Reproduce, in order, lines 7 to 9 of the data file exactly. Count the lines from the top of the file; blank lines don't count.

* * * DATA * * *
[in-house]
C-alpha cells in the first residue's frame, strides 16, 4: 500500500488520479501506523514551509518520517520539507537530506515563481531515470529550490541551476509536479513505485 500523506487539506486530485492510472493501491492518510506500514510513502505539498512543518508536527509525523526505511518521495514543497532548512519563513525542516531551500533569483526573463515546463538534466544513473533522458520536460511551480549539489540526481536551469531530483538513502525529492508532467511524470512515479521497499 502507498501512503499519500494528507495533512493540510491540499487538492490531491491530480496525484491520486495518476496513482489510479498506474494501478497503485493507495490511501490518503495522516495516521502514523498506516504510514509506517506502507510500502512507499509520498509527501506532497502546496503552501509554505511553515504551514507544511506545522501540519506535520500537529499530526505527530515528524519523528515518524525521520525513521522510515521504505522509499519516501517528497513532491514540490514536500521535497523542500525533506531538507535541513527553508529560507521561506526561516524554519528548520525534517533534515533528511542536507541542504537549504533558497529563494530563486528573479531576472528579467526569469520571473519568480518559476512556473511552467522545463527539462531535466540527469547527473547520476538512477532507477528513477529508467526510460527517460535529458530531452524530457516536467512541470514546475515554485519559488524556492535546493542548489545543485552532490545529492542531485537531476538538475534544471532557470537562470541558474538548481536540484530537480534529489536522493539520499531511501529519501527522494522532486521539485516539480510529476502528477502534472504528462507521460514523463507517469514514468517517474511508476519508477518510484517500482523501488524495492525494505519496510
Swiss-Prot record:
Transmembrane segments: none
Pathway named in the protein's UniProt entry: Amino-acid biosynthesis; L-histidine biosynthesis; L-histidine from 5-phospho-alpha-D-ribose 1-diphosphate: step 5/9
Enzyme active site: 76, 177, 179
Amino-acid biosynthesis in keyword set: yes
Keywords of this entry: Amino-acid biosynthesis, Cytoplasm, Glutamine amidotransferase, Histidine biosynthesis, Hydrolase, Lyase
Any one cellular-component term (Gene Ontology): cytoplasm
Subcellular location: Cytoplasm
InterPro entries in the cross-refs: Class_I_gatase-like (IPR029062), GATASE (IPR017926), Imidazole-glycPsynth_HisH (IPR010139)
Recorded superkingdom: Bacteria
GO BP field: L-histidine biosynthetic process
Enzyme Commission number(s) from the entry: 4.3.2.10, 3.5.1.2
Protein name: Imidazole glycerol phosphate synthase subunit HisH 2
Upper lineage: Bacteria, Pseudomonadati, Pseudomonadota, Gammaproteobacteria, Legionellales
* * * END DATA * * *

Amino-acid biosynthesis in keyword set: yes
Keywords of this entry: Amino-acid biosynthesis, Cytoplasm, Glutamine amidotransferase, Histidine biosynthesis, Hydrolase, Lyase
Any one cellular-component term (Gene Ontology): cytoplasm